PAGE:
Hand-drawn; hand-colored; hand-lettered. The title page consists of three panels: The middle one contains the text in Fraktur and German script. The two outer panels are decorated in matching undulating leafy stems containing a bloom at the head, and three blossoms along the sides. Colorful borders of yellow with red dots frame all panels.
Tunebooks in General:
The idea of creating such a booklet to teach children the rudiments of musical notation so that they could learn to sing the melodies used in the hymns at church service seems to have been Johann Adam Eyer’s (1755-1837). The hymnals used by their parents contained no music, but only the hymn verses with the indication “Mel.” and the title of the hymn tune to which the congregation would sing the text. The metrics, and topic of the poetry usually determined which melodies were chosen.
Eyer’s concept was a practical and useful one, and inspired many other teachers to create tune booklets for their students in which only the melody line of frequently used hymn tunes was written out. Each scholar had a booklet, usually 10.2 x 16.5 cm in size. The teacher created a title page describing the purpose of the booklet, and containing the name of the student, the school attended, and the date of the title’s creation. The empty spaces on the title page were filled in with flowers, birds, and other elements common to Pennsylvania German decorated Fraktur. These titles are absolutely beautiful, and probably inspired the singing scholar to greater endeavors as he learned how to read music and sing the tunes that either the instructor or he would copy into the booklet.
The “singing schools” or singing classes flourished in Bucks, Lehigh, Montgomery, Chester and Berks Counties, Pennsylvania from about 1787 to 1845. Singing became a part of the school curriculum, and “singing schools” became popular.
Yoder, Levi [?]
Cory M. Amsler, “Bucks County Fraktur: A Catalogue and Guide to the Artists,” in Cory M. Amsler ed. Bucks County Fraktur. Kutztown, Pa.: Pennsylvania German Society, 1999. 310, Fig. 286.
“Hiltown Artist” in Russell D. and Corinne P. Earnest, Papers for Birth Dayes: Guide to the Fraktur Artists and Scriveners. East Berlin, Pa.: Russell D. Earnest Associates, 1997, 2nd ed., vol. 1, 394.
Johann F. Eyer and Isaac Gerhart. Choral Harmonie Enthaltend Kirchen=Melodien, Die bey allen religions-Verfassungen gebräuchlich, auf vier Stimmen gesezt, und mit einigen musikalischen Stücken nebst hinreichenden Unterricht versehen, eingerichtet zur Übung der Jugend und zum Gebruch des öffentlichen Gottesdienstes, welches ohne und mit der Orgel kann gebraucht werden, wann ein Organist die Regeln der Musick beobachtet. Harrisburg: John Wyeth, 1818.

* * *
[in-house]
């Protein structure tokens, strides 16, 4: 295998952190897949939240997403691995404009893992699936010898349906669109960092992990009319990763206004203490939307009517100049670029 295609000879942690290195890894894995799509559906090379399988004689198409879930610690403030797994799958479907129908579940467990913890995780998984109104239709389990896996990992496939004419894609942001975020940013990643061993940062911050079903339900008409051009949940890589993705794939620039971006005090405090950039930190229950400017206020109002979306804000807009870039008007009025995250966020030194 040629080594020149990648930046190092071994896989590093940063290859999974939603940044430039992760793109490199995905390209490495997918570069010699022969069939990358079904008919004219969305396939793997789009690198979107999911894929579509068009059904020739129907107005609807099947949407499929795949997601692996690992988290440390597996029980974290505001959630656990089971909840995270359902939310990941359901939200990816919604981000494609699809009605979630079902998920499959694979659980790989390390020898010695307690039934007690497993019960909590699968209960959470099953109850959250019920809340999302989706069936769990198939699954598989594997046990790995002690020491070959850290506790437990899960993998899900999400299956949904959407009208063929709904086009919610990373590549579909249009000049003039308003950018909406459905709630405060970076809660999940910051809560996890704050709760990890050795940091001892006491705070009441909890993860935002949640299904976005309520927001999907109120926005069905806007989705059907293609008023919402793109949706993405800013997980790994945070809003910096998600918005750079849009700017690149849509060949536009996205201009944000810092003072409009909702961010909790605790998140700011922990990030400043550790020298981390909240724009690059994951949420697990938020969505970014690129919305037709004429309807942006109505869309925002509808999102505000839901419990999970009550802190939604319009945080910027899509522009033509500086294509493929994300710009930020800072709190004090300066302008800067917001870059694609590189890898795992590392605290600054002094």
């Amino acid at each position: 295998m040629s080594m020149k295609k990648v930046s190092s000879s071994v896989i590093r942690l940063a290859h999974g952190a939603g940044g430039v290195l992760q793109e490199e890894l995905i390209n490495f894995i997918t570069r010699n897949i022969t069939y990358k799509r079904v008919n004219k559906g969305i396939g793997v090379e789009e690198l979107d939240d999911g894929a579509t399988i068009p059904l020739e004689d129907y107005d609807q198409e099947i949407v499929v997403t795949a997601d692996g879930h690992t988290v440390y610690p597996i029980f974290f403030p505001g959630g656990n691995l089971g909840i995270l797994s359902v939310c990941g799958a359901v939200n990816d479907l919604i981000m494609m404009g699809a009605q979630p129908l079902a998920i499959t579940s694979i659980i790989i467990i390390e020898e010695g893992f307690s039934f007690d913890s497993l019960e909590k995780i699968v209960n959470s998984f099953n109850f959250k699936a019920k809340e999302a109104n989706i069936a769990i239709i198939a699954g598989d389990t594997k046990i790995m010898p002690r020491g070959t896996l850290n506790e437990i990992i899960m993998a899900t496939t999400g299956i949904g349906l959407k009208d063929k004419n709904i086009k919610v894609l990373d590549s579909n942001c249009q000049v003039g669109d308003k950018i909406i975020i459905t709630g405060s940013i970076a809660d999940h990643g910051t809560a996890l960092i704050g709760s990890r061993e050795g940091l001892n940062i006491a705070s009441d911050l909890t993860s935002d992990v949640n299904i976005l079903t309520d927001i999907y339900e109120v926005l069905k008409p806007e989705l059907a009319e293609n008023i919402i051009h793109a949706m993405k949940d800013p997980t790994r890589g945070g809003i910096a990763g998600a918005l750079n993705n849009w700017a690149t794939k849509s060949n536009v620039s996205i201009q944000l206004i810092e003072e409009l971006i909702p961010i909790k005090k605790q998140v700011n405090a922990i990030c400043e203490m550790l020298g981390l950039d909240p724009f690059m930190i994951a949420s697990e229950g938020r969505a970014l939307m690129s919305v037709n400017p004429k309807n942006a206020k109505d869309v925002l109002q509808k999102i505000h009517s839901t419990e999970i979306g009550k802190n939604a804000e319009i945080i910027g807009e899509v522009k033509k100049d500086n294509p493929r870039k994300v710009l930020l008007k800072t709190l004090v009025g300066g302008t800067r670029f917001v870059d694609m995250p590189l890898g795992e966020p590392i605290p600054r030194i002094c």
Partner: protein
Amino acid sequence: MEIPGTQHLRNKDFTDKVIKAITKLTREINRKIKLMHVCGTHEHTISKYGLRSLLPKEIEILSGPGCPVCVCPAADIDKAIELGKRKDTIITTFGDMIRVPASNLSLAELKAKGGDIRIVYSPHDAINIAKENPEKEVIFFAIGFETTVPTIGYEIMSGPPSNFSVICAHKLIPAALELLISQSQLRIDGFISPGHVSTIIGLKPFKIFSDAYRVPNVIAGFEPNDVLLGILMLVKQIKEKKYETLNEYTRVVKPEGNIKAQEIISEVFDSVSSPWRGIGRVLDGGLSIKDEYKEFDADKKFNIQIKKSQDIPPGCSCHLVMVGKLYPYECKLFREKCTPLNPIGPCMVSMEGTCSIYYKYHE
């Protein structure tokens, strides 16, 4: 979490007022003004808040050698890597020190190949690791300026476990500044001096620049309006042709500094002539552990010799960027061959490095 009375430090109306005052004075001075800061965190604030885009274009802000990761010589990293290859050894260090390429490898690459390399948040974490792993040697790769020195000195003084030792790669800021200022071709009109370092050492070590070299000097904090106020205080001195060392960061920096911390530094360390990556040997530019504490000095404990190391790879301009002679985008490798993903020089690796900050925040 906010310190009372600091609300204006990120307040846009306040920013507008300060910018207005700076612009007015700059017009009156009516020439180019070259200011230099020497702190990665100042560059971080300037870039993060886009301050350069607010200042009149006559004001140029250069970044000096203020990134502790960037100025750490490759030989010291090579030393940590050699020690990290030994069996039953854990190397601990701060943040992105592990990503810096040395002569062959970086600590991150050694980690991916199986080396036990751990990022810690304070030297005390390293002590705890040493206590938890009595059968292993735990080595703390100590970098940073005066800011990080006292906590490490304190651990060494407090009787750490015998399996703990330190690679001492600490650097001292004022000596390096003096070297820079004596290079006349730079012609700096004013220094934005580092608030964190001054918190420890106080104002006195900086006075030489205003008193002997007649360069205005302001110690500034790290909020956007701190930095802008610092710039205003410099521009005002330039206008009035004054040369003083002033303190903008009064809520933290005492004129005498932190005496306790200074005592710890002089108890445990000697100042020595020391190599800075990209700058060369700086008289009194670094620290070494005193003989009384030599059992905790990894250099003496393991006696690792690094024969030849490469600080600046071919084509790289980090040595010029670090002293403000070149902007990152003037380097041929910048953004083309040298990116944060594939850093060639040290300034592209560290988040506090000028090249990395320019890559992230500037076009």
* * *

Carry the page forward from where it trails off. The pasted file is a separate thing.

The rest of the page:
H. Harbaugh, D. D., and D. Y. Heisler, A. M. The Fathers of the German Reformed Church in Europe and America. Lancaster: J. M. Westhaeffer, 1872, vol. 4, 94-106.
Mary Jane Lederach Hershey, “The Notenbüchlein Tradition in Easter Pennsylvania Mennonite Communitz Schools,” in Cory M. Amsler, ed. Bucks County Fraktur. Kutztown, Pa.: Pennsylvania German Society, 1999. 138.
Die kleine geistliche Harfe der Kinder Zions, oder auserlesene geistreiche Gesänge allen wahren heilsbegierigen Säuglingen der Weisheit, insonderheit aber allen Christlichen Gemeinden des Herrn zum Dienst und Gebrauch mit Fleiss zusammen getragen, und in gegenwärtiger Form und Ordnung gestellt, nebst einm dreyfachen Register. Erste Auflage. Auf Verordnung der Mennonisten Gemeinde. Germantaun: Gedruckt bey Michael Billmeyer, 1803.
Marburger Gesang=Buch zur Uebung der Gottseligkeit in 649 Christlichen und Trostreichen Psalmen und Gesängen Hrn. D. Martin Luthers. und anderer Gottseliger Lehrer, Ordentlich in XII. Theile verfasset, Und mit nöthigen Registern auch einer Verzeichniß versehen, unter welche Titul die im Anhang befindlichen Lieder gehörig: Auch zur Beförderung des so Kirchen= als Privat= Gottesdienstes, Mit erbaulichen Morgen= Abend = Buß= Beicht= und Communion=Gebätlein vermehret. Germanton, Gedruckt und zu finden bey Christoph Saur, 1762.
Ein Unpartheyisches Gesang=Buch enthaltend Geistreiche Lieder und Psalmen, zum Allegemeinen Grebrauch des Wahren Gottesdienstes. Auf Begehren der Brüderschaft der Menonisten Gemeinen aus vielen Liederbüchern gesammelt. Mit einem dreyfachen Register. zum Erstenmal ans Licht gestellt. Lancaster: Gedruckt bez Johann Albrecht, 1804.
Creation Place Town/Township:
Creation Place Note:As per title page inscription
City/Town/Township:Hilltown School, Hilltown Township
Image Dimensions Width:
FLP Borneman Ms. 50
Swirl School Artist, active c. 1829-1871, Attributed to - Decorator
Swirl School Artist, active c. 1829-1871, Attributed to - Scrivener